Generation Z watched Generation Y become paralyzed with student loans and debt. So, instead of applying to multiple universities in search of a liberal art education, Generation Z has started to combine university classes with online certificates and real-world experience.

4. Spending money is morphing into saving money.

Generation Y has been known to spend money boldly and with few boundaries. In contrast, Generation Z's reality is forcing them to think ahead and prepare. This isn't necessarily bad though; it could help them in the future.

5. Consuming media is shifting to creating media.

Today, young teens prefer to create media posts as opposed to only consuming them. They desire interactive experiences where they can actually participate in their content's outcome.

6. Viral messages on social media are becoming vanishing messages.

Younger kids have witnessed the downsides of being tracked on social media by their parent's, teachers and future employers, now preferring messaging that evaporates, like Snapchat.

7. Standard text messages have now become icon messages.

Kids now choose to send emojis in place of words. They have strong filters and want content to be shared and understood rapidly.

Elmore's Suggestions for Connecting with Generation Z

Elmore suggests seven things we should do to connect with this upcoming generation. Here are a few that stood out to me.

  1. Keep it short. - Remember, Generation Z has a very short attention span. While they are capable of paying attention for long periods of time, the key is to engage them within 6-8 seconds.
  2. Feed their curiosity. - They want to discover new content and pass it on. So, we need to build a hunger for interesting facts and relay why the information is important to know.
  3. Give them ownership. - Students support what they help create. They'll value something they've discovered more than what's given to them without their effort.
  4. Offer them a cause. - Most kids want to do something important. They want to be a part of something meaningful, not hypothetical.

The deeper we dig into Elmore's book, the deeper we want to go in reaching this generation. This is not a "next year" thing nor a change in our vision, it's a reality check. Our move forward begins with our commitment. Why? Because the church is the hope of the world, and for every generation, we are on a mission to reach every available person, at every available time, by every available means, with the Gospel of Jesus Christ, by creating churches unchurched people love to attend.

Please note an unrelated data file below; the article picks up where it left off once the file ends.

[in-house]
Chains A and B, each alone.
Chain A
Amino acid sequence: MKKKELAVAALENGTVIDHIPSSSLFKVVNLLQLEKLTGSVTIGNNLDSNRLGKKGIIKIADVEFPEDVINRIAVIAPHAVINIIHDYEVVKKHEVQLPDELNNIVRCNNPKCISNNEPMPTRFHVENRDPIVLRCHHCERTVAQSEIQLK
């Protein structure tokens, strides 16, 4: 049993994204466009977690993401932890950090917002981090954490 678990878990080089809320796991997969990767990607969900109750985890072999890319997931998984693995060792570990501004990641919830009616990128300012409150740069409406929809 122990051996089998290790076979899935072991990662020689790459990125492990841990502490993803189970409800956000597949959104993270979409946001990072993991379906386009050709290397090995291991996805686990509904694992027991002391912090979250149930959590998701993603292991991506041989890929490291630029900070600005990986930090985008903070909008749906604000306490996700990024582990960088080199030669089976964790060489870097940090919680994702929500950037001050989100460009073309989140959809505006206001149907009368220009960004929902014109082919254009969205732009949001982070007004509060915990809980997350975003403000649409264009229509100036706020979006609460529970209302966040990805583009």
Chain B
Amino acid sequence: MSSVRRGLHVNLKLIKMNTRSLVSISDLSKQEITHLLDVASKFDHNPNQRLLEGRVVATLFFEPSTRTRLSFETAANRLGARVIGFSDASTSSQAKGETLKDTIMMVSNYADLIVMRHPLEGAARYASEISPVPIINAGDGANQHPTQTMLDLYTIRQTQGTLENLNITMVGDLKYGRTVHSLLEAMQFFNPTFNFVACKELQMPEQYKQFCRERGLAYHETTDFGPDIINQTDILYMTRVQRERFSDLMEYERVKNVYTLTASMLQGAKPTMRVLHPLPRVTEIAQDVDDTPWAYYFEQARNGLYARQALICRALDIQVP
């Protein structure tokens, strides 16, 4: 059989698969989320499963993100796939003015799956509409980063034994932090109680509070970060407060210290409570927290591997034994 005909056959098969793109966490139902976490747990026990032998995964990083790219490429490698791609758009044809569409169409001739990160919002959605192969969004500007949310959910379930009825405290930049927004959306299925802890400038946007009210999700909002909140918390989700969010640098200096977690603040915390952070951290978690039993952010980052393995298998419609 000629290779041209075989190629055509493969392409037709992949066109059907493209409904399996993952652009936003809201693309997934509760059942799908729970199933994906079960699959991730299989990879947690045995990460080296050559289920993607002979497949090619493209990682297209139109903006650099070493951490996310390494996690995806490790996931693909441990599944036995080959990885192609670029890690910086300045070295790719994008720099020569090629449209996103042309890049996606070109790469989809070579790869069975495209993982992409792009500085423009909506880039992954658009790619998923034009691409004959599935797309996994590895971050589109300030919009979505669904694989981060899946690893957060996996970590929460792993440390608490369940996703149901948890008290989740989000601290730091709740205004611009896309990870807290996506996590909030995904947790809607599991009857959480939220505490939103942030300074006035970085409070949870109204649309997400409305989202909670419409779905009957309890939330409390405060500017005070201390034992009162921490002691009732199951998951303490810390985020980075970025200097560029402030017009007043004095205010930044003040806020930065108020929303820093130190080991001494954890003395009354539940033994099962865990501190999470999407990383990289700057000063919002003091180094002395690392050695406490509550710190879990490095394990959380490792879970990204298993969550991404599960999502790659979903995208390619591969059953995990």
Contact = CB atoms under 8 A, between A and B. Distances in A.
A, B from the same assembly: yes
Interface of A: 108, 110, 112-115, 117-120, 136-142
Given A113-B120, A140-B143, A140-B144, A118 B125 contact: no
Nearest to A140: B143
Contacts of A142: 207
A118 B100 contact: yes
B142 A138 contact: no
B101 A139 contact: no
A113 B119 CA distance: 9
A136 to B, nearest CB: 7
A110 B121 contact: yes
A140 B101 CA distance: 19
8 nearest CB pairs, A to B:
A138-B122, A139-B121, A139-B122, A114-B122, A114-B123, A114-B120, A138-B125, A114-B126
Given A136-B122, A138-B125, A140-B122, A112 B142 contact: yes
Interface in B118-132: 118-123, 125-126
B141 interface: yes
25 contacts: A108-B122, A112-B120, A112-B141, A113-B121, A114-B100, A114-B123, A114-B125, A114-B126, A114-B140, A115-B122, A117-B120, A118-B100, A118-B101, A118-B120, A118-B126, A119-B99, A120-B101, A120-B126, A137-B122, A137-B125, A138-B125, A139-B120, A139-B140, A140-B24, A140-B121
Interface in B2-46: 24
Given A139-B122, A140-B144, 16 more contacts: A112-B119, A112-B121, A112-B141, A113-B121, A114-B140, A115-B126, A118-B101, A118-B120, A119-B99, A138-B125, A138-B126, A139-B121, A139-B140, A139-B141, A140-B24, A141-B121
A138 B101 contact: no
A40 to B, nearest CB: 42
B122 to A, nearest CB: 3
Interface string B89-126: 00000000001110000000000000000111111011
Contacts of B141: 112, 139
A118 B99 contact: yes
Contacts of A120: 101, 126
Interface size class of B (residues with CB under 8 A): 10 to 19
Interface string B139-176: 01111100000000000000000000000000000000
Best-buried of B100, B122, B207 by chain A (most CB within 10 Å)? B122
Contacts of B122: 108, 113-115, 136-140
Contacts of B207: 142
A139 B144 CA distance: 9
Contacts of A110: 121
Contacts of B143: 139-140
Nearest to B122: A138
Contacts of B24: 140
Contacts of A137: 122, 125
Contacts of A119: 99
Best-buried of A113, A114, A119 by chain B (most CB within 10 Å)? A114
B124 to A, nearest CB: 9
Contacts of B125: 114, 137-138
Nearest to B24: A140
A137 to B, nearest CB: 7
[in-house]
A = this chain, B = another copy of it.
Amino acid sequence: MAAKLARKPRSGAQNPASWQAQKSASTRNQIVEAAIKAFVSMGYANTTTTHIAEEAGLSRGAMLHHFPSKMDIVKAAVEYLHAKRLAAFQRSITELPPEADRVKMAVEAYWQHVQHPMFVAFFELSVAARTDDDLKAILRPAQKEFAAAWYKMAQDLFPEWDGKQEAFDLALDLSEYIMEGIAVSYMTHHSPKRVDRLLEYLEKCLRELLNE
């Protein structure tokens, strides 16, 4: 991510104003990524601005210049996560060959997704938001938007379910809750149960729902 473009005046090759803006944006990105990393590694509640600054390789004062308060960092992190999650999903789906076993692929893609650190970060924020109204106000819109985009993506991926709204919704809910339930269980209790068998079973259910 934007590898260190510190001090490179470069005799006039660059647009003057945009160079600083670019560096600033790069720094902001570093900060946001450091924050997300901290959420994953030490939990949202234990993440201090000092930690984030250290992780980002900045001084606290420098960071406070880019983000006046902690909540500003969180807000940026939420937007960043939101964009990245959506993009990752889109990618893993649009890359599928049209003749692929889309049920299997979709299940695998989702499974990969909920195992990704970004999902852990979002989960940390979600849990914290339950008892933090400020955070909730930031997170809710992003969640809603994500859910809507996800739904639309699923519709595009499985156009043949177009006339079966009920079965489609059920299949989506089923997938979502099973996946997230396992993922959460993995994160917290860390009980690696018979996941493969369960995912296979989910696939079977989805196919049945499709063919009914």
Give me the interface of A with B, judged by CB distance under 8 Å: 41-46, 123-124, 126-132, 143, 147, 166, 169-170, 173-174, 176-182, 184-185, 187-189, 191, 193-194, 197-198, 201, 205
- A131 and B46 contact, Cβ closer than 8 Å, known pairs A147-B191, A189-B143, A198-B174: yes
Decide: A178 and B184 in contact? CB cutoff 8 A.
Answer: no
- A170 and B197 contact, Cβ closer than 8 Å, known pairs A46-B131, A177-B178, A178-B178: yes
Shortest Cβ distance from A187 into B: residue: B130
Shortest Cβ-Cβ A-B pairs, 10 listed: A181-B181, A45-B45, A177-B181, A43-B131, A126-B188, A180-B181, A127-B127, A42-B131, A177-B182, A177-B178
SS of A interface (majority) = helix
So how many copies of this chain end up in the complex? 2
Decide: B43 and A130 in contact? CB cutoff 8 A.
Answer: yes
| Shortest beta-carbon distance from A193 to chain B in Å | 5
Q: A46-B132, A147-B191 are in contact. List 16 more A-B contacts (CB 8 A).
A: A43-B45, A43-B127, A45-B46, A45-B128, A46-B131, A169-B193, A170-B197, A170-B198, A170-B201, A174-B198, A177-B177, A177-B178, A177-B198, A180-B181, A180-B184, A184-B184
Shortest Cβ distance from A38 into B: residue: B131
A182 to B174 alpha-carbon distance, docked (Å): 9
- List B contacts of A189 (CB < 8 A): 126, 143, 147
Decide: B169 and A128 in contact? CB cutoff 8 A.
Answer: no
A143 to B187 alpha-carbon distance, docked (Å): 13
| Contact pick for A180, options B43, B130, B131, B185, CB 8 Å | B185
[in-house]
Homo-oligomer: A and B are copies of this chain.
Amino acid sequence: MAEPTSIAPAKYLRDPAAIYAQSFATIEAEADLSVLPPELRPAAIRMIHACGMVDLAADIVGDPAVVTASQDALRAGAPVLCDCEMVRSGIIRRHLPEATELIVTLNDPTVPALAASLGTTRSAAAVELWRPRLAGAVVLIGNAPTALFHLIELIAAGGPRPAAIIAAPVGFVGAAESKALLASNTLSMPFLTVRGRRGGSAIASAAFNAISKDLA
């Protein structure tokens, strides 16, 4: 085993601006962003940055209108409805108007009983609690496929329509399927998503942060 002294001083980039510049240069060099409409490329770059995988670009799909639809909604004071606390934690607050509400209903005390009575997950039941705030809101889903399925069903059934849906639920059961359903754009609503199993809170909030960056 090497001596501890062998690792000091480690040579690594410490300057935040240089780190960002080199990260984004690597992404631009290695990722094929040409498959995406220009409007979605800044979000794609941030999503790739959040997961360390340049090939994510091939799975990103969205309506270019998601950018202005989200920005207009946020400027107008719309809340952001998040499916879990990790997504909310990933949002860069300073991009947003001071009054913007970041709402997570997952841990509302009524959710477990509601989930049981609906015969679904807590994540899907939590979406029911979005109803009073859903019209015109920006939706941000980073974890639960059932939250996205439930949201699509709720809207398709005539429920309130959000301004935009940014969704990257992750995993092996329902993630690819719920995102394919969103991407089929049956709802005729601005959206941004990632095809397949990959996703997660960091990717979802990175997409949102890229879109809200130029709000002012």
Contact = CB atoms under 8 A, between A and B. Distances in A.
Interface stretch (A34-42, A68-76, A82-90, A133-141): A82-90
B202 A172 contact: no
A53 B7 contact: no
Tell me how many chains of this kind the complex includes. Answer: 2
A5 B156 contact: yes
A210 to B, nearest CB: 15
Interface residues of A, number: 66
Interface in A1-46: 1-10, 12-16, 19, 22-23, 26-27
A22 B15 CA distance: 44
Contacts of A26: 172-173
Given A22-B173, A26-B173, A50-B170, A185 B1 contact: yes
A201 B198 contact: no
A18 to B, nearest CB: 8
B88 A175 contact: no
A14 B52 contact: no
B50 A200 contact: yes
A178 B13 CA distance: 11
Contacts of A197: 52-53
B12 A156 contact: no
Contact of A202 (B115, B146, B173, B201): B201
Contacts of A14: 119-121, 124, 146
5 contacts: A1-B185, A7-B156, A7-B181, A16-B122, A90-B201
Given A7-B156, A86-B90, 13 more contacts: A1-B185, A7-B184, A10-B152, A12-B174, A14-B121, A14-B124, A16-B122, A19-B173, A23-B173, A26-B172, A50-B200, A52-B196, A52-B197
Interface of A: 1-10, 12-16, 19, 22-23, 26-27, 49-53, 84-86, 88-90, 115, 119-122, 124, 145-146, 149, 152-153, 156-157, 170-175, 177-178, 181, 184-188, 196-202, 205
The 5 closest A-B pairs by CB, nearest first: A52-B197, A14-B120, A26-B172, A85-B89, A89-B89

Episode Resources

If you are interested in diving deeper into Marching Off the Map, buy your own copy here! We highly recommend it.

If you have questions you would like answered in an upcoming podcast, please email leadership@myvictory.ca.

How Do You March Off a Map?

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Marching Off the Map - Part 1

The truth is, our modern school system simply isn't as effective as it could be. Students are disengaged and disinterested in learning. How can we as leaders, educators, pastors, and communicators better influence the generation we are trying to lead?

Welcome to the first episode of our Marching Off the Map series. For the next five weeks, Pastor Gene and I will be breaking down this insightful book written by Tim Elmore. We have found this book to be a much-needed roadmap for 21st-century educators, parents, coaches, and youth leaders. We would encourage all of our listeners to pick up a copy! You can order one here.

In Chapter 2, Elmore writes about three societies that anthropologist Margaret Mead describes in her works.

1. The Post-Figurative Society

Mead described this era as one that lasted for many centuries. Adults had already determined how life would be for their children, often deciding who they would marry, where they would work, what they would do and even how their children would continue the customs within their society.  This perpetuated the customs of the past resulting in very little change or innovation.

Careers were largely agriculturally based with many people farming crops or livestock. The critical element that differentiated you within this society was physical strength so the youth were heavily relied upon.

2. The Co-Figurative Society

This society was created during the Renaissance, otherwise known as the Age of Enlightenment. As a whole, society began to question its traditions, customs, and way of life. Reason ruled the day as opposed to physical strength. This levelled the playing field between the young and old.

Parents and their children were involved in making the decision of who the child would marry, where they would live, and what their career would be. Everyone had to adjust to change and new innovations, communications, and traditions.

The Renaissance birthed the Industrial Revolution during which new inventions were created to improve efficiency. Science and industry began to control society and access to machinery is what set people apart.

3. The Pre-Figurative Society

The Pre-Figurative Society is what Mead suggests we are living in now. Change is happening so rapidly that adults have almost nothing to offer the next generation in terms of how to deal with new realities. The youth often understand the changes sooner than most adults; they adapt to new technology and innovations far before we do. Unfortunately, this makes it difficult for adults to lead the young and can cause leaders to feel irrelevant.

The critical element that differentiates individuals in our society is our minds. That's how most of us make our living and get things done. Mead wrote in her book People and Places: A Book for Young Readers, "In the modern world we have invented ways of speeding up invention, and people’s lives change so fast that a person is born into one kind of world, grows up in another, and by the time his children are growing up, lives in still a different world.

Our Schooling System